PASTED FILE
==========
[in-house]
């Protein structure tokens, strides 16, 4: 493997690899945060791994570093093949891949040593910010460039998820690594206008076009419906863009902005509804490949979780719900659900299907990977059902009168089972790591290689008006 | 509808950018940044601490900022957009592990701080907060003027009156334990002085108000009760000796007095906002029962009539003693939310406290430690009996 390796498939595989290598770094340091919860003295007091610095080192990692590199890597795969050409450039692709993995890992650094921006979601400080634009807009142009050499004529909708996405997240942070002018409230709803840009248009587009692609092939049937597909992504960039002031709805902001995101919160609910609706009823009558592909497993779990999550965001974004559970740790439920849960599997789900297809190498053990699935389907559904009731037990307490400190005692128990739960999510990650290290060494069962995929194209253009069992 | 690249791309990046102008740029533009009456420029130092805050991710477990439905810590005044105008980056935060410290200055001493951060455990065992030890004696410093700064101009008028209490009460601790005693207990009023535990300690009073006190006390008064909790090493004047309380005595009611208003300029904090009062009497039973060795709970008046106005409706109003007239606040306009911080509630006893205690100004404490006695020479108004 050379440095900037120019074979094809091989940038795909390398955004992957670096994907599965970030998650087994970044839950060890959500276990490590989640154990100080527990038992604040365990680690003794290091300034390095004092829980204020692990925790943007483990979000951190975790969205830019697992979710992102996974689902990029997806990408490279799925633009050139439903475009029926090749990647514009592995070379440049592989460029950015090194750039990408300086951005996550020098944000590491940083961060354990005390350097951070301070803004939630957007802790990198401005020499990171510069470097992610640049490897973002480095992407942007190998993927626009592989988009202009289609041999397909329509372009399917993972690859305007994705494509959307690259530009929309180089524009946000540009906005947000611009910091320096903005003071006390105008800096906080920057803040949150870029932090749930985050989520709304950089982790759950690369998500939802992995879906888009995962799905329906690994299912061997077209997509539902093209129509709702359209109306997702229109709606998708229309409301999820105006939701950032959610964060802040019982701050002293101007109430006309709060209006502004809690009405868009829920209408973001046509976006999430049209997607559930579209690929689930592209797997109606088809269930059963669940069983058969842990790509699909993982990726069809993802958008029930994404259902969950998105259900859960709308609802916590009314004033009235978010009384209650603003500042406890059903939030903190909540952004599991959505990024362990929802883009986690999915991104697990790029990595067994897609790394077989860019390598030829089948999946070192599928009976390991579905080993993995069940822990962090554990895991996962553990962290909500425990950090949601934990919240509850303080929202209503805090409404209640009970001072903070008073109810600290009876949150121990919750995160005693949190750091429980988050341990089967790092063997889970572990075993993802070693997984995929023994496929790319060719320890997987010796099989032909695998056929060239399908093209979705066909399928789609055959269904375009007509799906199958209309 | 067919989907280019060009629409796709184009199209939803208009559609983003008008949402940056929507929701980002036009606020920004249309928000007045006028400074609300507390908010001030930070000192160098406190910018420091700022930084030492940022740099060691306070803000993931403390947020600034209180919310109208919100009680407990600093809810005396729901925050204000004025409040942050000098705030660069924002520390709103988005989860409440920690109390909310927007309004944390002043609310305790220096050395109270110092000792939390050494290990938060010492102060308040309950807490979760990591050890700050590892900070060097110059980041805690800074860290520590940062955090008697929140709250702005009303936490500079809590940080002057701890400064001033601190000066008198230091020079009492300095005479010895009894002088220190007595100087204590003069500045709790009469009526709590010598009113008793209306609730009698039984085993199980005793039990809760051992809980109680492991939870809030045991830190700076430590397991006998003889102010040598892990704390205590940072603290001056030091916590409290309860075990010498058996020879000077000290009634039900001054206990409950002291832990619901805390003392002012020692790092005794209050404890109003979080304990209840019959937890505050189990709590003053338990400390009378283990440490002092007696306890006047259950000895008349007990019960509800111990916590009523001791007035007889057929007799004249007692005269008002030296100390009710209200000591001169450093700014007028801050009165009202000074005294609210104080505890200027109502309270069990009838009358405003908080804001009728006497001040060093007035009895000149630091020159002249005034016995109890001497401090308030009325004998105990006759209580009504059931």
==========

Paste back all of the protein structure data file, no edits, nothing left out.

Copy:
[in-house]
């Protein structure tokens, strides 16, 4: 493997690899945060791994570093093949891949040593910010460039998820690594206008076009419906863009902005509804490949979780719900659900299907990977059902009168089972790591290689008006 | 509808950018940044601490900022957009592990701080907060003027009156334990002085108000009760000796007095906002029962009539003693939310406290430690009996 390796498939595989290598770094340091919860003295007091610095080192990692590199890597795969050409450039692709993995890992650094921006979601400080634009807009142009050499004529909708996405997240942070002018409230709803840009248009587009692609092939049937597909992504960039002031709805902001995101919160609910609706009823009558592909497993779990999550965001974004559970740790439920849960599997789900297809190498053990699935389907559904009731037990307490400190005692128990739960999510990650290290060494069962995929194209253009069992 | 690249791309990046102008740029533009009456420029130092805050991710477990439905810590005044105008980056935060410290200055001493951060455990065992030890004696410093700064101009008028209490009460601790005693207990009023535990300690009073006190006390008064909790090493004047309380005595009611208003300029904090009062009497039973060795709970008046106005409706109003007239606040306009911080509630006893205690100004404490006695020479108004 050379440095900037120019074979094809091989940038795909390398955004992957670096994907599965970030998650087994970044839950060890959500276990490590989640154990100080527990038992604040365990680690003794290091300034390095004092829980204020692990925790943007483990979000951190975790969205830019697992979710992102996974689902990029997806990408490279799925633009050139439903475009029926090749990647514009592995070379440049592989460029950015090194750039990408300086951005996550020098944000590491940083961060354990005390350097951070301070803004939630957007802790990198401005020499990171510069470097992610640049490897973002480095992407942007190998993927626009592989988009202009289609041999397909329509372009399917993972690859305007994705494509959307690259530009929309180089524009946000540009906005947000611009910091320096903005003071006390105008800096906080920057803040949150870029932090749930985050989520709304950089982790759950690369998500939802992995879906888009995962799905329906690994299912061997077209997509539902093209129509709702359209109306997702229109709606998708229309409301999820105006939701950032959610964060802040019982701050002293101007109430006309709060209006502004809690009405868009829920209408973001046509976006999430049209997607559930579209690929689930592209797997109606088809269930059963669940069983058969842990790509699909993982990726069809993802958008029930994404259902969950998105259900859960709308609802916590009314004033009235978010009384209650603003500042406890059903939030903190909540952004599991959505990024362990929802883009986690999915991104697990790029990595067994897609790394077989860019390598030829089948999946070192599928009976390991579905080993993995069940822990962090554990895991996962553990962290909500425990950090949601934990919240509850303080929202209503805090409404209640009970001072903070008073109810600290009876949150121990919750995160005693949190750091429980988050341990089967790092063997889970572990075993993802070693997984995929023994496929790319060719320890997987010796099989032909695998056929060239399908093209979705066909399928789609055959269904375009007509799906199958209309 | 067919989907280019060009629409796709184009199209939803208009559609983003008008949402940056929507929701980002036009606020920004249309928000007045006028400074609300507390908010001030930070000192160098406190910018420091700022930084030492940022740099060691306070803000993931403390947020600034209180919310109208919100009680407990600093809810005396729901925050204000004025409040942050000098705030660069924002520390709103988005989860409440920690109390909310927007309004944390002043609310305790220096050395109270110092000792939390050494290990938060010492102060308040309950807490979760990591050890700050590892900070060097110059980041805690800074860290520590940062955090008697929140709250702005009303936490500079809590940080002057701890400064001033601190000066008198230091020079009492300095005479010895009894002088220190007595100087204590003069500045709790009469009526709590010598009113008793209306609730009698039984085993199980005793039990809760051992809980109680492991939870809030045991830190700076430590397991006998003889102010040598892990704390205590940072603290001056030091916590409290309860075990010498058996020879000077000290009634039900001054206990409950002291832990619901805390003392002012020692790092005794209050404890109003979080304990209840019959937890505050189990709590003053338990400390009378283990440490002092007696306890006047259950000895008349007990019960509800111990916590009523001791007035007889057929007799004249007692005269008002030296100390009710209200000591001169450093700014007028801050009165009202000074005294609210104080505890200027109502309270069990009838009358405003908080804001009728006497001040060093007035009895000149630091020159002249005034016995109890001497401090308030009325004998105990006759209580009504059931």